6. Enrique Bunbury - Peque?o - Peque?o is evidence of Bunbury?s musical maturity. Perhaps Latin Alternative?s version of Viva Hate, Peque?o is reminiscent of when Morrissey broke away from his former group, The Smiths and introduced to the world a strong album, which proved that life would indeed go on as a solo artist. Although Bunbury?s solo material may not reach the cult status as his work with his former group, Heroes Del Silencio, he will never cease to surprise his fans and music critics alike.

5. Soda Stereo- Unplugged - A masterpiece by a musical genius. Thus far, this is the best effort of the MTV unplugged series. Recorded at the tail end of their run, this Unplugged reinvents songs from their career as Soda Stereo, a band that is considered among the founders and godfathers of Latin alternative music. The Unplugged album captures the essence of what this band was and what they meant to the Latin Alternative music culture. After decades of touring and recording, Soda Stereo have now become muses to the next era of Latin Alternative artists.

4. Manu Chao - Clandestino - With songs in Spanish, English, French and Portuguese, Clandestino can be found in the World Music section of most record stores, which signifies the diversity in the music. Manu Chao recorded this album while he traveled the world and in the process, making social, economical and political observations about the places which he visited. ?Welcome to Tijuana: Tequila, Sexo y Marijuana? he sings on one track. Manu Chao is another artist on this list [Cerati, Bunbury, and you may also count Jaguares] to have broken away from his former group and whom is finding success as a solo artist. Chao, like other artist on this list, doesn?t shy away from political criticisms.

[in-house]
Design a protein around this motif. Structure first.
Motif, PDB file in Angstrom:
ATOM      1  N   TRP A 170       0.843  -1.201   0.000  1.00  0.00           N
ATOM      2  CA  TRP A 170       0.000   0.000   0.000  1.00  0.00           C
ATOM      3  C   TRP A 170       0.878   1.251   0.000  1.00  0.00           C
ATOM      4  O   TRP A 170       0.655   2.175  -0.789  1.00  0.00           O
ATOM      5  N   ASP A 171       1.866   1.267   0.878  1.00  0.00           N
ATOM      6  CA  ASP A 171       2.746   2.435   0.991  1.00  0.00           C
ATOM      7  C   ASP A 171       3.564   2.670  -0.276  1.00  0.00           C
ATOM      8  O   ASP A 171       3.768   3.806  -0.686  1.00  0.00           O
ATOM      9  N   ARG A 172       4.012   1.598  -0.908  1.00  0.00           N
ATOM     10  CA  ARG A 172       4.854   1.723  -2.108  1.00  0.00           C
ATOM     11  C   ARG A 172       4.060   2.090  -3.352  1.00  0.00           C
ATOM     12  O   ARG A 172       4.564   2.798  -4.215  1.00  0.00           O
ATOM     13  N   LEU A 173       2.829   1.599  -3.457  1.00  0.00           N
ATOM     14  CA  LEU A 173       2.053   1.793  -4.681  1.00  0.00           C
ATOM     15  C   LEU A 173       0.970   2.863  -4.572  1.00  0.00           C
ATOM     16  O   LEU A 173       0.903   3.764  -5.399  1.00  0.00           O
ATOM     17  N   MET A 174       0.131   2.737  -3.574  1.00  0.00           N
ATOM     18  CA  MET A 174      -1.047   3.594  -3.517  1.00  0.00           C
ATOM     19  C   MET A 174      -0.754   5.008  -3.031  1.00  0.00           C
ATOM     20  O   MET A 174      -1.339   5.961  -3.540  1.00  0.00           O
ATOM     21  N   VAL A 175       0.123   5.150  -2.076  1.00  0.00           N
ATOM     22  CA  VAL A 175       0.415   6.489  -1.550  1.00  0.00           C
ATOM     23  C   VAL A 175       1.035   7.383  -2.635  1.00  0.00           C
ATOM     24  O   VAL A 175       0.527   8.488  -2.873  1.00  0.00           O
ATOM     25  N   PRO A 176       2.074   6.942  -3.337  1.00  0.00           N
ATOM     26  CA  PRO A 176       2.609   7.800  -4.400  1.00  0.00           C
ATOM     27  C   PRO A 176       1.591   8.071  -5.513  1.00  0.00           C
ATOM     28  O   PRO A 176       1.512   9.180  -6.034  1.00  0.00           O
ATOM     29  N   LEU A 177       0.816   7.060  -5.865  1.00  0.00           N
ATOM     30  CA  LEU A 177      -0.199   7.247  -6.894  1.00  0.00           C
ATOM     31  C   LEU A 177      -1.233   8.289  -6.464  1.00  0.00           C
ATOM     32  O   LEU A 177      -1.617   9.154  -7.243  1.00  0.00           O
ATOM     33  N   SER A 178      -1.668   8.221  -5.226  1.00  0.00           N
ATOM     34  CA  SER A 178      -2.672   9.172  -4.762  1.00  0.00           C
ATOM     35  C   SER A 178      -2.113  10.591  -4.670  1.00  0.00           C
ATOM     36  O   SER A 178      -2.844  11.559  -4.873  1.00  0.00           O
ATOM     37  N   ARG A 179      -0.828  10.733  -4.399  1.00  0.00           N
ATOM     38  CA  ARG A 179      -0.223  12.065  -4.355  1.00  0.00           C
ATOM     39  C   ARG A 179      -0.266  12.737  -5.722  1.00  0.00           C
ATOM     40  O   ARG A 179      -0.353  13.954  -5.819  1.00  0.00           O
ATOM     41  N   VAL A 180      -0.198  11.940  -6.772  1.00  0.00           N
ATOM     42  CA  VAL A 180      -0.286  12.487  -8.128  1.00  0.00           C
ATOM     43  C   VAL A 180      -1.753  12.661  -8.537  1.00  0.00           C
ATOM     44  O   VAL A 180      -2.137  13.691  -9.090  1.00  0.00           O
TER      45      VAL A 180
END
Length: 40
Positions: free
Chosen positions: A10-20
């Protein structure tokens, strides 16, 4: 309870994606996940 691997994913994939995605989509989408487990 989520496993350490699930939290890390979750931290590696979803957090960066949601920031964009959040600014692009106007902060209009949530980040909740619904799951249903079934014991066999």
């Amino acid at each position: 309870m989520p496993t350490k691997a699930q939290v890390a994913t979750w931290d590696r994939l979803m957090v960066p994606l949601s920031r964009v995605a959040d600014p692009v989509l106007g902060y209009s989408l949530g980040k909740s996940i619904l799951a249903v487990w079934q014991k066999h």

3. Jaguares - Equilibrio del Jaguar - After the copyright battles that resulted in the Caifanes break-up, Saul Hernandez bounced back from throat cancer with his most compelling work of his career. Produced by Don Was (Rolling Stones, Bob Dylan), Equilibrio is a mystical journey with tracks such as ?Huracan?, ?Detras de los Cerros.? Equilibrio del Jaguar symbolized the musician?s departure from the Caifanes signature sound into a new generation of musical exploration.

2. Maldita Vecindad - Circo - The year was 1991 when Maldita handed the world an album that included ?Poco de Sangre?, ?Kumbala?, ?Pachuco?, and ?Solin?, songs that would become both pop and cult-underground anthems in Latin Alternative. Circo opened the doors for punk-ska music in the Latin Alternative market, and showed that regardless of its crude underground beginnings, ska and punk could be marketed successfully in the popular market. More importantly, Circo is a social commentary about poverty, hunger and corruption made successful in a country where opposing opinions are quickly quieted.

1 Caf? Tacuba - Re - Caf? Tacuba is arguably the most creative band in Latin Alternative. In Re, Caf? Tacuba has fused violins, trumpets, flutes, sax, cello, piano, with guitars, drum machines, keyboards, stand up bass and acoustic guitars among other elements and then filled in any gaps with instruments such as the jarana, meodion, tololoche, contrabjao, and guitarron to create a unique sound. It was hailed by critics as one of the most groundbreaking works in Latin Alternative to date, comparable to the Beatles ?The White Album? for its bravery in music experimentation. Re broke the stereotype genres of what rock en espa?ol was supposed to be, and introduced a new, indescribable sound.




About Eddie Monterrubio:
Eddie Monterrubio is a writer for mundorockero.com, a Latin Alternative online publication and can be reached at eddie@mundorockero.com